Experimental Citrus Groves Disappearing in Florida

A.H. Whitmore Farm in Leesburg, FL, as seen from Google Earth
Seen from high above, the A.H. Whitmore Farm near Leesburg, FL, could serve as a prime location to host new citrus trials and demonstrations.
Image courtesy of Google Earth

This past fall, Florida’s citrus industry learned that it would lose the Mid-Florida Citrus Foundation’s A.H. Krezdorn Foundation Grove in West Orange County. Road projects criss-crossing the rolling sand hills, encroaching development, and loss of funding simply made it impossible for the Foundation to continue operations. The passing of longtime Manager and Farm Godfather Mickey Page in October surely clarified for the Foundation Board what needed to be done.

It was only eight short years ago that an Orlando Sentinel article carried the title “Research Groves Produce Citrus of the Future.” The A.H. Krezdorn Foundation Farm supported scion and rootstock development, entomology experiments, innovative projects with irrigation and freeze protection, and so much more. The farm was easily accessible from the Turnpike and hosted annual farm tours and research reviews. The closure of the farm is happening at a time when nurseries and growers are desperate for answers about new crop protection products, rootstock/scion combination performance, evaluation of experimental selections, data collection, etc. It certainly raises the question of where such work will be done in the future and whether locations for similar activities are going to be needed in each of Florida’s unique growing areas.

Where To?

The University of Florida’s Research and Education Centers (REC’s) in Balm, Lake Alfred, Immokalee, Ft. Pierce, Apopka and Mariana/Quincy certainly have a lot to offer with staff expertise, land, and facilities. However, funding would have to be identified to cover land charge-back costs and staffing committed to caretaking and data collection.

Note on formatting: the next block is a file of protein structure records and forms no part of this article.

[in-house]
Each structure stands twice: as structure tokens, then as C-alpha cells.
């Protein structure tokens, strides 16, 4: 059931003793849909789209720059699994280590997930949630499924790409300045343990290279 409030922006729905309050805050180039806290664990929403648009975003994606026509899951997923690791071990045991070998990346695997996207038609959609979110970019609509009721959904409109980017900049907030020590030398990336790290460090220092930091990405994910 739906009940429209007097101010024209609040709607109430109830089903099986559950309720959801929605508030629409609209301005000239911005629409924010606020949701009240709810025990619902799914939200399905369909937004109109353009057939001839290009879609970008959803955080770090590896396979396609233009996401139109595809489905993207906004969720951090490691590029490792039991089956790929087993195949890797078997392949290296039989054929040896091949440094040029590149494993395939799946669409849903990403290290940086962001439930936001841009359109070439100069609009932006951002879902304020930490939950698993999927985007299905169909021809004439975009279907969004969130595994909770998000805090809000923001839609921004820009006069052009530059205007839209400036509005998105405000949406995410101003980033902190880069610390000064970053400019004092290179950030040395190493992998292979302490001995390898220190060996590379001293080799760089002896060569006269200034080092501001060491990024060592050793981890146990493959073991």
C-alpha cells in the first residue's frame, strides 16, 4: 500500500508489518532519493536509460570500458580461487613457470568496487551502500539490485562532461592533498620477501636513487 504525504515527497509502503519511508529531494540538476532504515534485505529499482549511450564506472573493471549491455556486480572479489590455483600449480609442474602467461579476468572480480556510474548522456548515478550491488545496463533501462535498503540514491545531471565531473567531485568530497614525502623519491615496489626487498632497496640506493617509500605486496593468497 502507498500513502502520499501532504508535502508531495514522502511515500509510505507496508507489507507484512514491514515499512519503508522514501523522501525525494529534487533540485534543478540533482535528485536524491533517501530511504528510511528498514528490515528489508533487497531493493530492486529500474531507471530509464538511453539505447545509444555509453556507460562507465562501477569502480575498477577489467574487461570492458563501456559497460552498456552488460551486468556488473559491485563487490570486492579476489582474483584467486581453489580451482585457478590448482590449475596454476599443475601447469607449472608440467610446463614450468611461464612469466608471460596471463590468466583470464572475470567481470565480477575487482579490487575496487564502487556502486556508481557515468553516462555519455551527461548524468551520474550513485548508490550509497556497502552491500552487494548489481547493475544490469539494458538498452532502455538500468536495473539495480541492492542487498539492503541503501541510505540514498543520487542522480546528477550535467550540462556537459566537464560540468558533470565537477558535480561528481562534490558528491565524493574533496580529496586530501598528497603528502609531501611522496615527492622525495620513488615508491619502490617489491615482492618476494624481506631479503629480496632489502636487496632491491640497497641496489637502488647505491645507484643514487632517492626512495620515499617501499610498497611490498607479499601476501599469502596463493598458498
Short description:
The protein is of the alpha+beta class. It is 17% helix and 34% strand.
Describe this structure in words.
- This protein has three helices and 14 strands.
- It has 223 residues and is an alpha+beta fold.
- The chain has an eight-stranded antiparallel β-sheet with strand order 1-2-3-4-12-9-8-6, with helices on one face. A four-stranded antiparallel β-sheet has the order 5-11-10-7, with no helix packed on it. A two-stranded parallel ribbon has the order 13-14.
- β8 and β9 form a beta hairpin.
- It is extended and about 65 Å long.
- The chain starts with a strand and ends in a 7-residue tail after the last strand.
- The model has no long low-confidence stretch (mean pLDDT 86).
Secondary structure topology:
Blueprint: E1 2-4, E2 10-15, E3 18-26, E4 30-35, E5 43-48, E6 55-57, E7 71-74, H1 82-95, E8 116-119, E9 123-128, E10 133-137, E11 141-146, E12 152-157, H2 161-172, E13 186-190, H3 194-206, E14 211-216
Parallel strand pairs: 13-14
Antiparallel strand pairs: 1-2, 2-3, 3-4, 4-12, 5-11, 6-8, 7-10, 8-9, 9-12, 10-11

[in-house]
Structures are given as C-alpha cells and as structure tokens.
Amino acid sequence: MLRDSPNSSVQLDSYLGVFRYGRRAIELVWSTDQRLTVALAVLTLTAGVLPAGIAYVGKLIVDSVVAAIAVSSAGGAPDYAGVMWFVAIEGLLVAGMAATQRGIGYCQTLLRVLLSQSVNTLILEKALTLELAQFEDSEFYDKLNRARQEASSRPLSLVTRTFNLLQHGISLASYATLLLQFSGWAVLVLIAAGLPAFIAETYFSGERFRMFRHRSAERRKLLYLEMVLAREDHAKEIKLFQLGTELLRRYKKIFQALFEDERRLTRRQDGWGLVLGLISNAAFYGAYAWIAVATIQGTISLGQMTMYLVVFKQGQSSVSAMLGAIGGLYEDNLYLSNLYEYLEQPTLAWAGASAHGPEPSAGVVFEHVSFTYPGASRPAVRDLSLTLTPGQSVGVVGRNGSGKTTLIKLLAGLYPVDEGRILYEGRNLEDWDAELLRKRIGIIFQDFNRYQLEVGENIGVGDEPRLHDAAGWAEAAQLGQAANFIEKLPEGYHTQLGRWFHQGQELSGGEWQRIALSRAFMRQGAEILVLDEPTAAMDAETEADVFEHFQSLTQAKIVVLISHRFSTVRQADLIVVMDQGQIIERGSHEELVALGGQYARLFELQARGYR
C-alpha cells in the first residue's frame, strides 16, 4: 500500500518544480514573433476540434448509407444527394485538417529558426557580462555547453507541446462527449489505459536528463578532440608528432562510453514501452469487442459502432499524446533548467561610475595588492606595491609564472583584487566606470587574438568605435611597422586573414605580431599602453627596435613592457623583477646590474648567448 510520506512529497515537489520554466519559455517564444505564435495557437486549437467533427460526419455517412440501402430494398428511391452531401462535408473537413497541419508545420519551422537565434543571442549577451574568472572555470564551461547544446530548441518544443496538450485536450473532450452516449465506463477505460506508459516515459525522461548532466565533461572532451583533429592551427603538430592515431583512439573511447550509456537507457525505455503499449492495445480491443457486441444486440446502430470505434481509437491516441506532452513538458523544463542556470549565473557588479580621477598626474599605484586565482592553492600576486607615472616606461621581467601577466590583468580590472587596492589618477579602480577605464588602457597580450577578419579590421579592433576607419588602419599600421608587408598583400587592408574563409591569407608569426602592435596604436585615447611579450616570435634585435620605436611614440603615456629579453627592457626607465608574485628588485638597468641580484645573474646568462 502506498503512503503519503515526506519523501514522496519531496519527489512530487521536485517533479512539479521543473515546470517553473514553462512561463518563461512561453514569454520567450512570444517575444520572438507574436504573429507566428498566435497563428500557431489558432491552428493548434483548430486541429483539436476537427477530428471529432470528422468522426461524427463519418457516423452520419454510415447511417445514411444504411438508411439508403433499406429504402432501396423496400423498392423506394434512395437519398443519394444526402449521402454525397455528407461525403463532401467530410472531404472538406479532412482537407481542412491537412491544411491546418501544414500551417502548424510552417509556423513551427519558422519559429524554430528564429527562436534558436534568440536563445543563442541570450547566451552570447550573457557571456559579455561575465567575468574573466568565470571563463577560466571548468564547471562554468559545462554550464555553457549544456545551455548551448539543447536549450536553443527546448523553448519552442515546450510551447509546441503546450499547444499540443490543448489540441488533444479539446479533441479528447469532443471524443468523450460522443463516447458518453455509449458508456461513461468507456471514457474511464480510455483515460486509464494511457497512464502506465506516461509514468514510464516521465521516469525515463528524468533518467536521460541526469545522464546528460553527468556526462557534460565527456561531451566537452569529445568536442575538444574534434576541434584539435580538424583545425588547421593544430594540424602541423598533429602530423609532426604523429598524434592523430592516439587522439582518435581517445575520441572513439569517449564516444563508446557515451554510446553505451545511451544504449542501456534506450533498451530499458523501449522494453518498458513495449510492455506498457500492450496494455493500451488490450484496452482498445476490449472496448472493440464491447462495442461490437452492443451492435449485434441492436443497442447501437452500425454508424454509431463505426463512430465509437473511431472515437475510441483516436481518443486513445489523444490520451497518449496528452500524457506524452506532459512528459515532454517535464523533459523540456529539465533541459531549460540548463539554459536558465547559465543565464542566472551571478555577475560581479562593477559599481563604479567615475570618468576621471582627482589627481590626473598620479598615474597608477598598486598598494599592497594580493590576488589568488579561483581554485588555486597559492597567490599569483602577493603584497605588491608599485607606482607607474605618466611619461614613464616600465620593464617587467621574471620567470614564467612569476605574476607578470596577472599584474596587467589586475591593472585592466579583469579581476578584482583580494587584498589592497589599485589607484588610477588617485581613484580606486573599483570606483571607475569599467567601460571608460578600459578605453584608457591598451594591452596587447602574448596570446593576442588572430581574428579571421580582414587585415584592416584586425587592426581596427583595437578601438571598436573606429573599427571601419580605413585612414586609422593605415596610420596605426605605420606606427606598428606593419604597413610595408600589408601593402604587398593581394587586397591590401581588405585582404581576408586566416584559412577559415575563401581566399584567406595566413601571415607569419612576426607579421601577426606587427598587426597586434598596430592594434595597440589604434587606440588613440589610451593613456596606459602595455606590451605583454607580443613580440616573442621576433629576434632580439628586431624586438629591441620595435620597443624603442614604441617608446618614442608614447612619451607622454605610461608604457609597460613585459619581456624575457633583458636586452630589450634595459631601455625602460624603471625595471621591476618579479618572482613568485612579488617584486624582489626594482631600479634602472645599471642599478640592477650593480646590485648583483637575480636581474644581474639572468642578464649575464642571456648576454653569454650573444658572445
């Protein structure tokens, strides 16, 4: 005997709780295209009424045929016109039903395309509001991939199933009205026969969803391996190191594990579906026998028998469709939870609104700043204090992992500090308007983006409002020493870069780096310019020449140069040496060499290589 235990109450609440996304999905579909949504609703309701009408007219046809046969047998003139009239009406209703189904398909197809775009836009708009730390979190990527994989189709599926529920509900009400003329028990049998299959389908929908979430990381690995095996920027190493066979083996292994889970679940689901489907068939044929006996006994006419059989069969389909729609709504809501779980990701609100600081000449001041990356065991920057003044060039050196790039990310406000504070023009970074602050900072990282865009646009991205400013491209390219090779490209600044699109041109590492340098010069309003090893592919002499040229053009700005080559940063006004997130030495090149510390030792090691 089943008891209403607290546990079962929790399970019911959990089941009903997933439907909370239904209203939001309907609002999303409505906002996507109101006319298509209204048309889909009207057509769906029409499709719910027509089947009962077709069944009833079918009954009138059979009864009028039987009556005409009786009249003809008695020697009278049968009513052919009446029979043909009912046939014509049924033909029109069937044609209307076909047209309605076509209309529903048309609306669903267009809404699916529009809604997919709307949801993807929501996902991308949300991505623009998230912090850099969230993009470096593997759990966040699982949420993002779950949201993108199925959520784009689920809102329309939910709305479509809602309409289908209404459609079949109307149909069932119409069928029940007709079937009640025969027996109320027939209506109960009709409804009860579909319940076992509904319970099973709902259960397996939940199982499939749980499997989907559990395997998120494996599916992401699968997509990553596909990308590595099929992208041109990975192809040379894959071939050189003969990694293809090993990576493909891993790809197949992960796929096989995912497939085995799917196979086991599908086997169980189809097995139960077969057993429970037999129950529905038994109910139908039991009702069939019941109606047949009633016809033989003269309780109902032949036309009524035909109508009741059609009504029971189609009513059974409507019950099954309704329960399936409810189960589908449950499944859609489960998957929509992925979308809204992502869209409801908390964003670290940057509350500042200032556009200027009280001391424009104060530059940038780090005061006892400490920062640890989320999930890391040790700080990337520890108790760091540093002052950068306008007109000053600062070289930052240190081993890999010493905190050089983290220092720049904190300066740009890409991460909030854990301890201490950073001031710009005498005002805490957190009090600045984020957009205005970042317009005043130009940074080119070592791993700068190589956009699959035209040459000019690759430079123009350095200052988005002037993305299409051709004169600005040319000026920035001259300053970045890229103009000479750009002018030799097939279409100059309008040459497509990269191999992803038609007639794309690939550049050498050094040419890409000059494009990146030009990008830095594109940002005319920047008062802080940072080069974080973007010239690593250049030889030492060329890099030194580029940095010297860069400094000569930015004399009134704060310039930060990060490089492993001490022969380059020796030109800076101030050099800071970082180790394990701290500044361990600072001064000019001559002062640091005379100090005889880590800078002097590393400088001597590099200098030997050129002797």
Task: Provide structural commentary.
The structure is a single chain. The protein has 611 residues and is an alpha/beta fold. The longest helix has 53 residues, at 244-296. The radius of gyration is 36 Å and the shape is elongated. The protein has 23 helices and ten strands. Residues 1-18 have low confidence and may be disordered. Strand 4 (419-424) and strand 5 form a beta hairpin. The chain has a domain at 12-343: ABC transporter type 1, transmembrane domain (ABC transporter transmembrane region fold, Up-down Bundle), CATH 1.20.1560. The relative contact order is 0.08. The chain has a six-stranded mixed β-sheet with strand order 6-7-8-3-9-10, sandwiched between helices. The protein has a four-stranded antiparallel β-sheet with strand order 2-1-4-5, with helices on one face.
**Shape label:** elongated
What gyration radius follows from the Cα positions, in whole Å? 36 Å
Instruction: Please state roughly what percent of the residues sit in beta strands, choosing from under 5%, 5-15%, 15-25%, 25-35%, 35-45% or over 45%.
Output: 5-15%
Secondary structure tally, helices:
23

Private trial sites have long been an essential component of field trials and research, but they are often inaccessible to the industry and often are not suitable as demonstration sites.

New Varieties Development & Management Corp. (NVDMC) maintained a trial and demonstration site at the A. H. Krezdorn Foundation Farm. This small block contained plantings of 19 varieties and was slated for many more over the next few years. The true value of the Orange County site, besides its accessibility, was its suitability as both a trial and demonstration site. New varieties could be planted on several rootstock combinations and observed for growth characteristics, susceptibility to a range of pest and disease, productivity, and fruit quality. Perhaps most important, stakeholders could visit these plantings and begin to make their own determinations. In these challenging times, even anecdotal observations are valued.

Sites For Sore Eyes

The NVDMC Board is currently exploring options for the establishment of a new trial and demonstration site for fresh and processed selections. One possibility is the A. H. Whitmore Farm between Groveland and Leesburg.

Citrus scion and rootstock trial at Whitmore Farm in Florida
The A.H. Whitmore Farm is already supporting research into citrus scion and rootstock development.
Photo by Peter Chaires

This farm is supported by the Florida Citrus Research Foundation (FCRF) and has USDA-ARS farm management staff and technicians on property. It is a secure site and is well managed and maintained. The farm supports a wide range of citrus plant improvement work, including scion and rootstock development and testing. Two screen structures were recently erected to support scion evaluation, maintain clean material, and accelerate new selections through juvenility. Seed trees of some of the most important commercial rootstock varieties are maintained on the farm, and this seed is made available to nurseries annually.

Though it is somewhat farther north than the primary growing areas and its soils may differ significantly from those in the River and Flatwoods, it is easily accessible from the Turnpike and has a lot to offer. The Whitmore Farm, with advanced notice, also could serve as a demonstration site for field days and grower visits. Greater awareness of the farm’s value and capabilities could only enhance its effectiveness and perhaps ensure that the farm remains a viable and useful tool to address industry challenges and issues into the future. The FCRF Board operates the farm in support of USDA-ARS research and the board would have to determine whether a variety evaluation and demonstration block (containing trees from a range of sources, states, and countries) fit within the scope and purpose of its operation.

Industry will need to determine whether independent diverse and accessible research and trials sites, like the A.H. Krezdorn Foundation Farm, are still needed. If so, how can they be funded and maintained in times of declining volume and escalating production costs? It seems the need has never been greater, and the funds have never been tighter. Hopefully, enhancing awareness through dialogue and trade press will engage the right people at the right time.

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